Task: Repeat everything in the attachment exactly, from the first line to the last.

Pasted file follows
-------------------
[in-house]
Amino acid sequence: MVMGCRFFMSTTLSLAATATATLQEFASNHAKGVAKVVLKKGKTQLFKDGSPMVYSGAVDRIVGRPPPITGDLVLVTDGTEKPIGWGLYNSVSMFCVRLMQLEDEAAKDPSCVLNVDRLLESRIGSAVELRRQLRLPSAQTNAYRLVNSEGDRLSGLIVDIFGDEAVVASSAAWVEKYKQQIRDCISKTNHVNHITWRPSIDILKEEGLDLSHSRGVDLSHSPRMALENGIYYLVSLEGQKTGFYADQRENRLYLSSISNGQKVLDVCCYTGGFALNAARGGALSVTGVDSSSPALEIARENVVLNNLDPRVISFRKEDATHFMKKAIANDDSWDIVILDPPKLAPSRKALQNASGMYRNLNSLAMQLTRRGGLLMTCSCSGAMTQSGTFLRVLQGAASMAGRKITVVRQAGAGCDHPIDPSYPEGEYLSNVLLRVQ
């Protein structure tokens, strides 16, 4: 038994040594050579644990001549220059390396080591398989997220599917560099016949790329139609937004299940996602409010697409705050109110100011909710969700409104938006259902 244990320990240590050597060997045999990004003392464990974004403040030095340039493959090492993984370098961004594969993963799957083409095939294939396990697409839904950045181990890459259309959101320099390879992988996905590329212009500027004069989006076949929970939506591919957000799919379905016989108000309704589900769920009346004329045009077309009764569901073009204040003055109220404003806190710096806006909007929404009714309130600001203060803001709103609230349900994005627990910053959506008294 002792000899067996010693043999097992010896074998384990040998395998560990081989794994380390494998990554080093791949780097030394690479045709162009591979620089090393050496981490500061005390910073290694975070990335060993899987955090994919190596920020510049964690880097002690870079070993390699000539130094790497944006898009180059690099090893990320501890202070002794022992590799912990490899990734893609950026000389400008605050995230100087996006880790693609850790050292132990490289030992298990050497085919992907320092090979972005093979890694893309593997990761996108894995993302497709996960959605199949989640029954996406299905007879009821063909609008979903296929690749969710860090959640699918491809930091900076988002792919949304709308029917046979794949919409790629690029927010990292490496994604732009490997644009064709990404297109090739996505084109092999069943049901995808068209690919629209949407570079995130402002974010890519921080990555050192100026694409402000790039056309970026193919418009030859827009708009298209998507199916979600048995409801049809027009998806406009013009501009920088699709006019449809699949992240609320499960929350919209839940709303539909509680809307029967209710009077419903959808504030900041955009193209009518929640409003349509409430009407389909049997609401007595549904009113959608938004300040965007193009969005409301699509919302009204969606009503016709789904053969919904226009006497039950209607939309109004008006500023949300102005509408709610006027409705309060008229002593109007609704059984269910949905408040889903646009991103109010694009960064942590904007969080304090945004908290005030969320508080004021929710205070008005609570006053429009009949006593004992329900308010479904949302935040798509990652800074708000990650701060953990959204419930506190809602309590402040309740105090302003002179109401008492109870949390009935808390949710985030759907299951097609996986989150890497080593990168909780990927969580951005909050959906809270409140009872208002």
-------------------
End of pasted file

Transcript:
[in-house]
Amino acid sequence: MVMGCRFFMSTTLSLAATATATLQEFASNHAKGVAKVVLKKGKTQLFKDGSPMVYSGAVDRIVGRPPPITGDLVLVTDGTEKPIGWGLYNSVSMFCVRLMQLEDEAAKDPSCVLNVDRLLESRIGSAVELRRQLRLPSAQTNAYRLVNSEGDRLSGLIVDIFGDEAVVASSAAWVEKYKQQIRDCISKTNHVNHITWRPSIDILKEEGLDLSHSRGVDLSHSPRMALENGIYYLVSLEGQKTGFYADQRENRLYLSSISNGQKVLDVCCYTGGFALNAARGGALSVTGVDSSSPALEIARENVVLNNLDPRVISFRKEDATHFMKKAIANDDSWDIVILDPPKLAPSRKALQNASGMYRNLNSLAMQLTRRGGLLMTCSCSGAMTQSGTFLRVLQGAASMAGRKITVVRQAGAGCDHPIDPSYPEGEYLSNVLLRVQ
């Protein structure tokens, strides 16, 4: 038994040594050579644990001549220059390396080591398989997220599917560099016949790329139609937004299940996602409010697409705050109110100011909710969700409104938006259902 244990320990240590050597060997045999990004003392464990974004403040030095340039493959090492993984370098961004594969993963799957083409095939294939396990697409839904950045181990890459259309959101320099390879992988996905590329212009500027004069989006076949929970939506591919957000799919379905016989108000309704589900769920009346004329045009077309009764569901073009204040003055109220404003806190710096806006909007929404009714309130600001203060803001709103609230349900994005627990910053959506008294 002792000899067996010693043999097992010896074998384990040998395998560990081989794994380390494998990554080093791949780097030394690479045709162009591979620089090393050496981490500061005390910073290694975070990335060993899987955090994919190596920020510049964690880097002690870079070993390699000539130094790497944006898009180059690099090893990320501890202070002794022992590799912990490899990734893609950026000389400008605050995230100087996006880790693609850790050292132990490289030992298990050497085919992907320092090979972005093979890694893309593997990761996108894995993302497709996960959605199949989640029954996406299905007879009821063909609008979903296929690749969710860090959640699918491809930091900076988002792919949304709308029917046979794949919409790629690029927010990292490496994604732009490997644009064709990404297109090739996505084109092999069943049901995808068209690919629209949407570079995130402002974010890519921080990555050192100026694409402000790039056309970026193919418009030859827009708009298209998507199916979600048995409801049809027009998806406009013009501009920088699709006019449809699949992240609320499960929350919209839940709303539909509680809307029967209710009077419903959808504030900041955009193209009518929640409003349509409430009407389909049997609401007595549904009113959608938004300040965007193009969005409301699509919302009204969606009503016709789904053969919904226009006497039950209607939309109004008006500023949300102005509408709610006027409705309060008229002593109007609704059984269910949905408040889903646009991103109010694009960064942590904007969080304090945004908290005030969320508080004021929710205070008005609570006053429009009949006593004992329900308010479904949302935040798509990652800074708000990650701060953990959204419930506190809602309590402040309740105090302003002179109401008492109870949390009935808390949710985030759907299951097609996986989150890497080593990168909780990927969580951005909050959906809270409140009872208002």